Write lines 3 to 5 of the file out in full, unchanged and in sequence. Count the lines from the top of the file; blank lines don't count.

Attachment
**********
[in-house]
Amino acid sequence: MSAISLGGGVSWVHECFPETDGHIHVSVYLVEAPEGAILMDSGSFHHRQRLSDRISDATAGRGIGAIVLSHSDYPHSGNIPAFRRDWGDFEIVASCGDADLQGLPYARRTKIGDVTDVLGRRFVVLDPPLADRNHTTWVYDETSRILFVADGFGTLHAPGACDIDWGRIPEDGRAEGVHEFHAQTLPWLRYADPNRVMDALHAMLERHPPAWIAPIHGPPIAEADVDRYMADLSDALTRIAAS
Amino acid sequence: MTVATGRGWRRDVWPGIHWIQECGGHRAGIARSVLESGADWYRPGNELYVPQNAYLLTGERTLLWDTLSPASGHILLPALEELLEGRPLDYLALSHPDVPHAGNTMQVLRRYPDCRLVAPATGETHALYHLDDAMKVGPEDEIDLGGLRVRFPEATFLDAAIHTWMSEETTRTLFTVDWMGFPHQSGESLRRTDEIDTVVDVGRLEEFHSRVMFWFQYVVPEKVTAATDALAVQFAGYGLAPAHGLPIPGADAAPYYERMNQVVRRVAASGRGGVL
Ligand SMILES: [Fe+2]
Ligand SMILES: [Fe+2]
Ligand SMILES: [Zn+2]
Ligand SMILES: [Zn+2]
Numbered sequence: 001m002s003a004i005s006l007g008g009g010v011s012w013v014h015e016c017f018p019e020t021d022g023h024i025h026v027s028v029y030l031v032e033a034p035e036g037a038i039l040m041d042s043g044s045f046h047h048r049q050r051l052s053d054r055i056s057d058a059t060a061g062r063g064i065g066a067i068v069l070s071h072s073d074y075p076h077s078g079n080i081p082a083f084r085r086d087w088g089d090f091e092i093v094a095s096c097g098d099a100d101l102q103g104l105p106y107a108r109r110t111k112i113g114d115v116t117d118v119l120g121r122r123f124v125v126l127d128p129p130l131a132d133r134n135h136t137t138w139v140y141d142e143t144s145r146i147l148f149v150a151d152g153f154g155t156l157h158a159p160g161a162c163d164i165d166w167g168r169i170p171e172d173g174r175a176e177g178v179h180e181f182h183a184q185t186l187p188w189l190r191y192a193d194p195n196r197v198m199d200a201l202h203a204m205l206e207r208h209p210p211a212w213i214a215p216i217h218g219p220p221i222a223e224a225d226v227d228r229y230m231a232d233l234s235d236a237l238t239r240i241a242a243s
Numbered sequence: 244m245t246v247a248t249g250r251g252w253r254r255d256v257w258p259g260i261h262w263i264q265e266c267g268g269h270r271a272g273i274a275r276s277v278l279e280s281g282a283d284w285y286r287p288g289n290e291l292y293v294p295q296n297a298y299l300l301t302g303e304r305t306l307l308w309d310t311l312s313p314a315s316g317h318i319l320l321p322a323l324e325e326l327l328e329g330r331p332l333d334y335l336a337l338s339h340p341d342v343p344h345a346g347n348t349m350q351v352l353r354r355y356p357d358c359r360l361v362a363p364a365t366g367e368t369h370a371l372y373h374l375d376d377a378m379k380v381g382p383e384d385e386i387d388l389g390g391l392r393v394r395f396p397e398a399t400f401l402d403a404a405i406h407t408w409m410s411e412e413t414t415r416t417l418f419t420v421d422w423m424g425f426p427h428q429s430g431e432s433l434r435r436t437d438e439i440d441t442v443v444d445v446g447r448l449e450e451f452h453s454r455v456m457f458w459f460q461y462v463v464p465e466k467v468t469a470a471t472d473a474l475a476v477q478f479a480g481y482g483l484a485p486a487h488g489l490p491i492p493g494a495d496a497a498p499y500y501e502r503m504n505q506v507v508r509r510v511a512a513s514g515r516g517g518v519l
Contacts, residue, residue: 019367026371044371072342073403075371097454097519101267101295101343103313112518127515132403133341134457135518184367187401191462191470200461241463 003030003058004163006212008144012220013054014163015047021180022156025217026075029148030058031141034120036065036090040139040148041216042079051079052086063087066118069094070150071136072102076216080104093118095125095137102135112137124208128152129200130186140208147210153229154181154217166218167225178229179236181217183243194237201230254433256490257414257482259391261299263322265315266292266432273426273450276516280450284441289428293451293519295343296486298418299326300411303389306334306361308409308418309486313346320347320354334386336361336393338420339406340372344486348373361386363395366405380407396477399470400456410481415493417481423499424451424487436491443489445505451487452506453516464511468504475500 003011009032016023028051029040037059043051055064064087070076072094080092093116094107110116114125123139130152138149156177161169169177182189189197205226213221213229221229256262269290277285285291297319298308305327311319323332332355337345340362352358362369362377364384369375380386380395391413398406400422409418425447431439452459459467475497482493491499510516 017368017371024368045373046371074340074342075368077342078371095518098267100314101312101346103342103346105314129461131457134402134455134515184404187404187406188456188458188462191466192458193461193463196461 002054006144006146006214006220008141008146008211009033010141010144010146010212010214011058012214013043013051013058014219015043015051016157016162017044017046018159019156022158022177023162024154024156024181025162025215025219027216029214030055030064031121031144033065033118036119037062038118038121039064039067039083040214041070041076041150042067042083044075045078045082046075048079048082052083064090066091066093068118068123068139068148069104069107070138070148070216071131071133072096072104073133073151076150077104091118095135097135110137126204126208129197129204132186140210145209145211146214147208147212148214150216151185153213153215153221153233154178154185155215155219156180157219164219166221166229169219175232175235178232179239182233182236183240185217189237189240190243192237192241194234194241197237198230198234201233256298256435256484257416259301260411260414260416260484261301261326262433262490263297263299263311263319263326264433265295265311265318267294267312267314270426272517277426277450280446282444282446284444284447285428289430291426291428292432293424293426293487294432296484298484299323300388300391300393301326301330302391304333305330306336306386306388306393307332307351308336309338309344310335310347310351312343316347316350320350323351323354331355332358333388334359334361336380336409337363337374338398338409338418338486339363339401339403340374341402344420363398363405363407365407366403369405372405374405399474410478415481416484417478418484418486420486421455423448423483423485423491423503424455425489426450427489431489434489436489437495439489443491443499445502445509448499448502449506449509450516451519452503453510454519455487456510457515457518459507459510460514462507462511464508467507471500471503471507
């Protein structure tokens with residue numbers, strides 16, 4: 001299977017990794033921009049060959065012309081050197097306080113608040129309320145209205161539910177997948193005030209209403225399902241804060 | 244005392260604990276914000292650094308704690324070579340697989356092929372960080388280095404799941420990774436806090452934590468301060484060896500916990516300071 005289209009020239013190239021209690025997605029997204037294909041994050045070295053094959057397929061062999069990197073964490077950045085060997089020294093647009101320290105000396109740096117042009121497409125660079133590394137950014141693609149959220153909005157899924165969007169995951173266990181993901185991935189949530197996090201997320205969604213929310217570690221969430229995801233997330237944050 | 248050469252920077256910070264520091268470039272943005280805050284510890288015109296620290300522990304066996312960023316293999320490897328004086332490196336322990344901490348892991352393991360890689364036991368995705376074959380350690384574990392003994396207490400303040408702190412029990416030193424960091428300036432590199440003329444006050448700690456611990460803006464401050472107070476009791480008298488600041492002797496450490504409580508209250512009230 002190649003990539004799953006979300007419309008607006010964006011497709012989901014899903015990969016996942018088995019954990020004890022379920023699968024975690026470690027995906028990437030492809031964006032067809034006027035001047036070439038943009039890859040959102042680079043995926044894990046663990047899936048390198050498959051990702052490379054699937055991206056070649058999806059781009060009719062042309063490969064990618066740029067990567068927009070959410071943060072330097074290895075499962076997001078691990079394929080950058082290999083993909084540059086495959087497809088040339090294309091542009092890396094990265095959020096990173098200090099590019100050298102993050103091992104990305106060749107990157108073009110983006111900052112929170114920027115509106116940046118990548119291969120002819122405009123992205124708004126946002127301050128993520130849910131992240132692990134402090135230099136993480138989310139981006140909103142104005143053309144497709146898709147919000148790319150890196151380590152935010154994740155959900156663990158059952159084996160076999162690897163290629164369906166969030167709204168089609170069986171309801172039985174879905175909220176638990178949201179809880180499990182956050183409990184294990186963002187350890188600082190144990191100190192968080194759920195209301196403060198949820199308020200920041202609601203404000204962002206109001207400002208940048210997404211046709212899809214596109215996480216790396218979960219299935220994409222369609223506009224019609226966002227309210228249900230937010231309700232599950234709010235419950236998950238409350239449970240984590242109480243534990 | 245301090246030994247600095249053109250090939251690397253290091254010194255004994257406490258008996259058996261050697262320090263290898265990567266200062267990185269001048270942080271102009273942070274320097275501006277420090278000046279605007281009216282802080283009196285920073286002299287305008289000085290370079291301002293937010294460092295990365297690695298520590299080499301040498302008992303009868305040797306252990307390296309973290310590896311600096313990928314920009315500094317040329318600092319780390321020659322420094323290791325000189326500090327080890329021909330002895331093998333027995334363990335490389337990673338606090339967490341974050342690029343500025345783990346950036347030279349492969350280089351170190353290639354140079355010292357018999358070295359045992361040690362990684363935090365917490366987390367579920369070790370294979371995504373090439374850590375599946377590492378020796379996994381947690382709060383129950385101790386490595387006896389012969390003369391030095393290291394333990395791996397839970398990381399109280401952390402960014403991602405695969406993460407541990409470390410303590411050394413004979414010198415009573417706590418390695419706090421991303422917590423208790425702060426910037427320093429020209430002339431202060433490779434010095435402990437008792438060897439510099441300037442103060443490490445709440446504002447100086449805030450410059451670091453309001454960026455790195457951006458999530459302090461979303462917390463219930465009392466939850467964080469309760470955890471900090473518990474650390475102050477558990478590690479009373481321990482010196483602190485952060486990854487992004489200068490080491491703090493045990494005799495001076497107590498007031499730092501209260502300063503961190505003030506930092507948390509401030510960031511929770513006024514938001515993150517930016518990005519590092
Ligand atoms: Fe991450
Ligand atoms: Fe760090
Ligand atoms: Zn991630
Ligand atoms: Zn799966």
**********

Amino acid sequence: MTVATGRGWRRDVWPGIHWIQECGGHRAGIARSVLESGADWYRPGNELYVPQNAYLLTGERTLLWDTLSPASGHILLPALEELLEGRPLDYLALSHPDVPHAGNTMQVLRRYPDCRLVAPATGETHALYHLDDAMKVGPEDEIDLGGLRVRFPEATFLDAAIHTWMSEETTRTLFTVDWMGFPHQSGESLRRTDEIDTVVDVGRLEEFHSRVMFWFQYVVPEKVTAATDALAVQFAGYGLAPAHGLPIPGADAAPYYERMNQVVRRVAASGRGGVL
Ligand SMILES: [Fe+2]
Ligand SMILES: [Fe+2]